Self-love is a verb

tcblogprojectgreenPart of our TCBP topic for February is Self-Love, so I’m attempting to write about it.

It’s hard. I’m finding it as hard as loving myself, honestly, and I find that really freaking difficult.

I’ve spent most of my life feeling like an unlovable monster — unworthy, unfuckable, ugly, stupid, wrong, dangerous to those around me — too dangerous to show any kind of affection. I’ve spent most of my life trying to prove it, too; my self-sabotage timers go off whenever I’ve spent too long being happy with someone, and then I try to fuck it up.

It’s only constant vigilance and smashing of the snooze button into a million tiny pieces that’s kept me from destroying my relationship with the Ogre.

Part of me believes, deep down, that no one could ever truly love me — and if no one else could love me, then it’s a huge task to ask myself to love me, right?

So tackling this thing of self-love is difficult. I don’t know if I can say “I love myself” except when I’m being facetiously narcissistic. I try to say it, but it’s never been 100% true.

And it’s something my deities want me to work on — with Celtic deities there’s a definite “If you don’t think you’re worthy, why should I?” vibe, so wallowing in piles of self-hatred is not going to get you anywhere with the Morrigan, Brighid, or Manannan.

Aphrodite and Hecate both, when I dedicated a year of my life to Them, wanted me to work on loving myself and loving other people (and the two are connected). They specified Mirror Work for this. I wish I could say I’ve been doing it diligently; I haven’t.

Now that I’m beginning to see Aphrodite as syncretic with Naamah this makes even more sense; my feeling of Naamah is that of infinite compassion, and deities of infinite compassion usually want you to love yourself.

Dionysus wants me to fix myself; to break the self-sabotage clock. To break myself down and rebuild. This, too, is self-love.

But, again, the Work. Is. Difficult. And I can’t just change years of layered emotions. There’s a lot of digging to do.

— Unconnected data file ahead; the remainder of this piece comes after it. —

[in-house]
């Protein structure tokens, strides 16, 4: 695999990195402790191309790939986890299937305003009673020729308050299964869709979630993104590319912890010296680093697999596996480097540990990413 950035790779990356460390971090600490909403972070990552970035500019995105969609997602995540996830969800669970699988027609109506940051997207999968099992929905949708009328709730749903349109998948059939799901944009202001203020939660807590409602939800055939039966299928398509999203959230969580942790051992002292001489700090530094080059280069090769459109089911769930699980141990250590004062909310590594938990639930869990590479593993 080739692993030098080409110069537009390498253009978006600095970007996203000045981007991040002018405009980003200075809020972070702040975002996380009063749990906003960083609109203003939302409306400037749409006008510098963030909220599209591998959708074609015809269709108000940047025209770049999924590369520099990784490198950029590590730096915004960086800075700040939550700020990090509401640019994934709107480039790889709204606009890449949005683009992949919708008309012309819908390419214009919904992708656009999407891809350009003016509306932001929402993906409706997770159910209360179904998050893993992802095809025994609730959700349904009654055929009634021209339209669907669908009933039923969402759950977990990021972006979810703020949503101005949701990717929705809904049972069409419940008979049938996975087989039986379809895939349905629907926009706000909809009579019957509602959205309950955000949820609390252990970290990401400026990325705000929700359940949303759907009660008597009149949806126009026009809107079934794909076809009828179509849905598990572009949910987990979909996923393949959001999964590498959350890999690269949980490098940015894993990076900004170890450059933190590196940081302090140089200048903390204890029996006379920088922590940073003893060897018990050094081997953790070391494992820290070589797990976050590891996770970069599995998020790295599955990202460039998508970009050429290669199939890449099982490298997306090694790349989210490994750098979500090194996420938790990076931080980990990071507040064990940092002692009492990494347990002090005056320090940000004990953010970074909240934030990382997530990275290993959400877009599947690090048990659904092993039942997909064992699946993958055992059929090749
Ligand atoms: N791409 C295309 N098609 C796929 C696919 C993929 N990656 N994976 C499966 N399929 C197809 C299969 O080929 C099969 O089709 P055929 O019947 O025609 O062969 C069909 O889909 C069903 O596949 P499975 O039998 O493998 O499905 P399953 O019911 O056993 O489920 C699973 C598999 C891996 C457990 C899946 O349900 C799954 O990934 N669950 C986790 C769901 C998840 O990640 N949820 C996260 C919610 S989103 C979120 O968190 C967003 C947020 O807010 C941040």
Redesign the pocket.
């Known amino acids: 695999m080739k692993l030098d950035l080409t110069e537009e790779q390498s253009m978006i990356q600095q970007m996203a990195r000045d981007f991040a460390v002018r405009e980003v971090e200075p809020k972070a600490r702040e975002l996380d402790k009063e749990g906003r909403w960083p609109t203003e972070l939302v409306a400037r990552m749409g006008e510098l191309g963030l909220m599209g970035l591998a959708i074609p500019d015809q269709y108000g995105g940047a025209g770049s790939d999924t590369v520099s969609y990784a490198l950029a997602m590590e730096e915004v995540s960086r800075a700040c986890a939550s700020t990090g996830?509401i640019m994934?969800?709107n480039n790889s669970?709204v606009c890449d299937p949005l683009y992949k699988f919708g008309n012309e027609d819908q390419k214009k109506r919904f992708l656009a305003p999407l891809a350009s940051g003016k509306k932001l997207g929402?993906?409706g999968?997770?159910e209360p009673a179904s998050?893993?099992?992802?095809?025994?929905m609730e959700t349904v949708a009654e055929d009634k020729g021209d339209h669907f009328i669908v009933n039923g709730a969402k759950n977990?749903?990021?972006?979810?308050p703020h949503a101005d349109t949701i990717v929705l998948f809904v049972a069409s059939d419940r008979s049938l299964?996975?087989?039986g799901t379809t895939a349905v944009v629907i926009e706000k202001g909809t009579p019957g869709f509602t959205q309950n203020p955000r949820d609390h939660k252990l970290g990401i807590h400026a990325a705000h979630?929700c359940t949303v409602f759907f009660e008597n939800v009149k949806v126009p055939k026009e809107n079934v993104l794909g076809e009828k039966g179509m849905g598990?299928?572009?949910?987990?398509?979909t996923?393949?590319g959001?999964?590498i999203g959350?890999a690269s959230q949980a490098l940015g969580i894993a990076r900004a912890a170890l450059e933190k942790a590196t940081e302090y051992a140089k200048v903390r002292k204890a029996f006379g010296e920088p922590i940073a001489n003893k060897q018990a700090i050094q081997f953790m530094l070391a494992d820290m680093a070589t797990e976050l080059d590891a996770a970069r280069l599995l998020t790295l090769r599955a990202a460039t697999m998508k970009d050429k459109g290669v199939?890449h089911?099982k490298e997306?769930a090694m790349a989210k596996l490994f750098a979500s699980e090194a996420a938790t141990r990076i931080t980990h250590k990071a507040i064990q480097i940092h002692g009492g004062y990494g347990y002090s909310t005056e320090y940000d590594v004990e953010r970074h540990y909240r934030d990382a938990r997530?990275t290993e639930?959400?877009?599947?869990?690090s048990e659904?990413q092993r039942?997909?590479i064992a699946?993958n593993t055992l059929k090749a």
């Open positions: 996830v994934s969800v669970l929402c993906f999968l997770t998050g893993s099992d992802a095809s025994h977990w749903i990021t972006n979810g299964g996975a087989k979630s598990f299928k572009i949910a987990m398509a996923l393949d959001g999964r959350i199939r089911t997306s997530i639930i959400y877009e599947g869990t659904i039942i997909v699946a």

So it comes back to practice. I can’t just up and tell myself I love myself; that doesn’t fucking work (I’ve tried it). I have to actively love myself. Love is a verb, anyway; this has to be part of it. I can say I love the Ogre all I want, but if I’m not loving him through my actions then I’m a liar.

I’m not necessarily talking about sex, solo or otherwise, though that is definitely within Aphrodite-Naamah’s purview. I’m talking about all the actions that are self-love: brushing my teeth and hair. Taking care of my body the way I want to — shaving my armpits and legs on a regular basis, taking care of my skin, taking painkillers when I need to, eating food I enjoy and that my body enjoys, not fucking overdoing it godsdammit Morag (kind of impossible right now with the move, but that happens; life happens).

The actions that I call self-care help me love myself.

(There’s overlap, with loving Ogre: cooking him good meals; keeping the house clean; refraining on the incense burning; helping him keep his life together. And these, and other ways, are how he loves me.)

I don’t mean to be easy on myself all the time — because love is also harsh, when needed. I do not let up on the vigilance against my self-sabotage clock. I stand ready, a hammer in my hand, waiting to smash the snooze button as soon as the alarm goes off. It is not a permanent solution, but until I can get into therapy it is all I have.

Too, with my body — I must go to physiotherapy, and sleep on a better bed, and exercise. Those things hurt but it is a good hurt, and I must do them. Or I will never get better.

I have to push myself. I have to push myself to get better, so that I can become the type of person I want to love. I have to push myself to become my truest self — I need to break down the years of accumulated junk that’s crusted my surface, hiding who I am behind a facade that is ugly and monstrous and dangerous.

Love is not coddling.

Yet, I need to go easy on myself if I fuck up, because another way I actively hate myself is to sharpen my claws and spend hours inside my own head, ripping myself to shreds until there is no dignity and little will to live left. I am well versed in how best to hurt myself, and I am the person on whom I let loose all my nastiest barbs and burns.

Loving myself is a constant tightrope act for me. I am always balancing just so, trying not to fall back into the abyss from whence I crawled, trying to stay true to the course.


PS: you may have noticed no weekly ritual write up this week. There was no weekly ritual. Had to skip it. Next week’s will likely be done Tuesday evening, as Wednesday morning I’m in surgery. Don’t know when the recap will be up. Also don’t know when I’m blogging here next. Moving is murdering me.

2 replies on “Self-love is a verb”

    1. You’re welcome. I’m glad it spoke to you.

      *catches lightbulb* You’ve just given me an idea, actually — to blog about my self-love progress as a devotional act at my Aphrodite blog-shrine. So, thank you!

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